The Supreme Court yesterday delivered its much anticipated decision in the case of King v Burwell, upholding premium tax credits under the Affordable Care Act (ACA) for taxpayers residing in states which have federal or federal-state Partnership Exchanges. For many, this case presented the strongest argument to upset the ACA, since it was based on the text of the law.
Only 14 states and the District of Columbia have established state Exchanges. Under the law, a state which does not establish its own health Exchange becomes subject to a federal-state partnership or federal-run health insurance Exchange. The statutory language specifically provides that premium tax credits, which help make the health insurance affordable, apply to eligible persons purchasing coverage from their local state Exchange. Since this language does not reference a federal or federal-state partnership Exchange, those opposed to the law argued tax credits could not be provided for insurance purchased from these Exchanges. This position effectively raises the cost of Exchange-based insurance for residents of these states and significantly impacts the overall economic structure of the ACA.
However, there was another potential harm to the Affordable Care Act. The position opposing credits in King v Burwell came from pro-business interests, arguing that the "employer mandate penalty" should not apply in these states. Large employers are required to provide affordable insurance coverage to full-time employees or face penalties. The penalties are triggered only when a full-time employee receives a premium tax credit for purchasing Exchange health insurance. The argument was that this condition could not be satisfied in a state with a federal or federal-state partnership Exchange.
The IRS had interpreted federal and federal-state partnerships as being surrogates for a state Exchange and stated in regulations that credits apply to all Exchanges. The Supreme Court agreed with this position as being the intent of Congress. The Court said that "the combination of no tax credits and an ineffective coverage requirement could well push a state's individual insurance market into a death spiral - it is implausible that Congress meant the Act to operate in this manner. Congress made the guaranteed and community rating requirements applicable in every state in the Nation. But those requirements only work when combined with the coverage requirement and the tax credits - it stands to reason that Congress meant for those provisions to apply in every state as well."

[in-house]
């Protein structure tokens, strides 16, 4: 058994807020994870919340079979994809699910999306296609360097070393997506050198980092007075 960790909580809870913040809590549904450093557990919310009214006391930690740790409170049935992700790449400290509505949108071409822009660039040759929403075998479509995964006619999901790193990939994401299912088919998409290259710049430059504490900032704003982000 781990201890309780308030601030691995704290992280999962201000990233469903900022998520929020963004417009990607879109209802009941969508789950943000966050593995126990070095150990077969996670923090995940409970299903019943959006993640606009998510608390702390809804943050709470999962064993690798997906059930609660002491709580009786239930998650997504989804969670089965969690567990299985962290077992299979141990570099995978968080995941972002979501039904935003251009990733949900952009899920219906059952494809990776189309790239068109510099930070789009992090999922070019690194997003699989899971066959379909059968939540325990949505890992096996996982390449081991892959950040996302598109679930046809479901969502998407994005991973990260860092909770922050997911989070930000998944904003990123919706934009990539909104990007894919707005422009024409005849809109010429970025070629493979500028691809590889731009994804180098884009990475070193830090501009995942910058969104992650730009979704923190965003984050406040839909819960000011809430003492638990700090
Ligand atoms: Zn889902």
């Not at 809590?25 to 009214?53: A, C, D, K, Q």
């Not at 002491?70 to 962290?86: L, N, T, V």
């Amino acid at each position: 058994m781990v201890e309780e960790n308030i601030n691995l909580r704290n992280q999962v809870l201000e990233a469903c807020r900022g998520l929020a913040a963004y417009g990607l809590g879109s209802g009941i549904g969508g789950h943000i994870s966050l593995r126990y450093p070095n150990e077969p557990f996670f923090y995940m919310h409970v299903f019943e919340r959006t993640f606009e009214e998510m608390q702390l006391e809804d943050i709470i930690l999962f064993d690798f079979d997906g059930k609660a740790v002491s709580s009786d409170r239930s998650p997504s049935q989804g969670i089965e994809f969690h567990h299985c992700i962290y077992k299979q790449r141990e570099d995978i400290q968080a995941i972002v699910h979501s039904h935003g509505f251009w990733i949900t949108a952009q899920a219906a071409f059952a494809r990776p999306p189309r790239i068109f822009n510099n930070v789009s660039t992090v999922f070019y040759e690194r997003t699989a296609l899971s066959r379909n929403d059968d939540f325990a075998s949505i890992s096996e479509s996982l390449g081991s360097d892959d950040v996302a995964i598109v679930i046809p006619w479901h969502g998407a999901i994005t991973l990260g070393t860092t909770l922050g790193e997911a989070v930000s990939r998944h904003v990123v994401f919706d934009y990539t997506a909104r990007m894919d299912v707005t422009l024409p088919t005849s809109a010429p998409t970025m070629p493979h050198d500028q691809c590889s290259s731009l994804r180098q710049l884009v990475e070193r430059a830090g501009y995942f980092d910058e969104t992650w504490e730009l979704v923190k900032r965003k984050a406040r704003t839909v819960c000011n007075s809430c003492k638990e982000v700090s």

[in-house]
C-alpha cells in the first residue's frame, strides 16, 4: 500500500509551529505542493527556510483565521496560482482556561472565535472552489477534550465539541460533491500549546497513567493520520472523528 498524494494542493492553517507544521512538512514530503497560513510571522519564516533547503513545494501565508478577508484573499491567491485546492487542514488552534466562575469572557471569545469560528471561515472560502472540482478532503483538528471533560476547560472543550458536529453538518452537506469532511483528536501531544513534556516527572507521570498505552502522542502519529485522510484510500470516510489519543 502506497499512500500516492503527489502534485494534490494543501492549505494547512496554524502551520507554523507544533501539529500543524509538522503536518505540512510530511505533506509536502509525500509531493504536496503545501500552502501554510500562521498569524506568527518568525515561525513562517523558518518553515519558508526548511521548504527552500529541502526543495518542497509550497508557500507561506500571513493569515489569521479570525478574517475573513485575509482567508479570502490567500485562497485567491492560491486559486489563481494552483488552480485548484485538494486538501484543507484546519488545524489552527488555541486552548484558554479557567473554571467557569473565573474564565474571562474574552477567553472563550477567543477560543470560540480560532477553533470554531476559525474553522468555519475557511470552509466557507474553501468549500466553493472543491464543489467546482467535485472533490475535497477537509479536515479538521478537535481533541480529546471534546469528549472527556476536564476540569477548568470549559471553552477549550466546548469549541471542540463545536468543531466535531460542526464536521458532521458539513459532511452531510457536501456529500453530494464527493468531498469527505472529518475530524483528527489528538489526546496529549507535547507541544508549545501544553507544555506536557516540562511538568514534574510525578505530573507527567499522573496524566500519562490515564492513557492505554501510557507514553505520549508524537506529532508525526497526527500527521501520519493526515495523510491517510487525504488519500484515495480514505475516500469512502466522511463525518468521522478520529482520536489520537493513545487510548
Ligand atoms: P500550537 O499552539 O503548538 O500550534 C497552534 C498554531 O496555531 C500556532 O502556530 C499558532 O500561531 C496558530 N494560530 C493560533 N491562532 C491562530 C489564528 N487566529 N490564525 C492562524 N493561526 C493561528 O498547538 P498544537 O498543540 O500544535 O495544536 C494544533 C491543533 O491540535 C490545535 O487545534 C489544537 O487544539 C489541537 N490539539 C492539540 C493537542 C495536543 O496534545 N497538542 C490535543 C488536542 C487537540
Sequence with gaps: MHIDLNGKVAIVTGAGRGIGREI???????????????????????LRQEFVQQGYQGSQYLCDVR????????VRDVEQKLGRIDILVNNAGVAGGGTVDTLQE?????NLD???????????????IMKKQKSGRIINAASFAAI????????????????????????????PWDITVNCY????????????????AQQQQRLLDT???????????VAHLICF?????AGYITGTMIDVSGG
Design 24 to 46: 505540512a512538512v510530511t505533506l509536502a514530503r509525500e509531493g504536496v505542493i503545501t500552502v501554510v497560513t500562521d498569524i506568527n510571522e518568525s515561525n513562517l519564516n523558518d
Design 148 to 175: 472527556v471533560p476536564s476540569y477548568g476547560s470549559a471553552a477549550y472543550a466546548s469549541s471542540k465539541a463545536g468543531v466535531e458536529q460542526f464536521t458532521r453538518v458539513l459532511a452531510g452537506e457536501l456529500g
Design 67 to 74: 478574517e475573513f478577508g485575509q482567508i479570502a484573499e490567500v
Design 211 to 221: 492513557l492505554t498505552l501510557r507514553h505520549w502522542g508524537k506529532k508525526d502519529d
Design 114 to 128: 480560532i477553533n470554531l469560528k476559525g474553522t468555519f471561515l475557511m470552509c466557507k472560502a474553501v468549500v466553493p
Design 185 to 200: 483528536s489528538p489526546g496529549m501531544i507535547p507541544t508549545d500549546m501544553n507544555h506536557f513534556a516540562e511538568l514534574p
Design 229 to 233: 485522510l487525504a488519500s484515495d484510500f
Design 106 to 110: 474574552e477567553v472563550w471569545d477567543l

The decision of the court means that:
- There is now certainty that the subsidies will apply to eligible individuals purchasing health insurance on a federal Exchange. Tax returns for 2014 (where premium tax credits were taken) will not have to be amended.
- Large employers in states with federal Exchanges will be subject to penalties for failure to provide affordable health insurance coverage with minimum coverage where at least one full-time employees purchases coverage on the federal exchange and receives a premium subsidy.
- Since the potential collapse of the ACA cannot now be anticipated, applicable large employers (whether in federal Exchange states or not) must comply with its rules, including satisfying the new tax reporting requirements for Forms 1094-C and 1095-C. Many businesses have not yet focused on this requirement. These companies have not yet instituted the systems to collect the information needed to complete these forms.
- All employers (whether large employers or not) must deal with structuring appropriate programs in situations where employees purchase health insurance on the individual market (whether on an Exchange or not). Improper employer assistance payments can expose the employer to a $100 per day, per employee penalty.
If you have any questions about how this decision may affect your or your business, please contact your Marcum Tax Advisor.
|A special thanks to article contributor Michael D'Addio, Principal, Tax & Business Services.|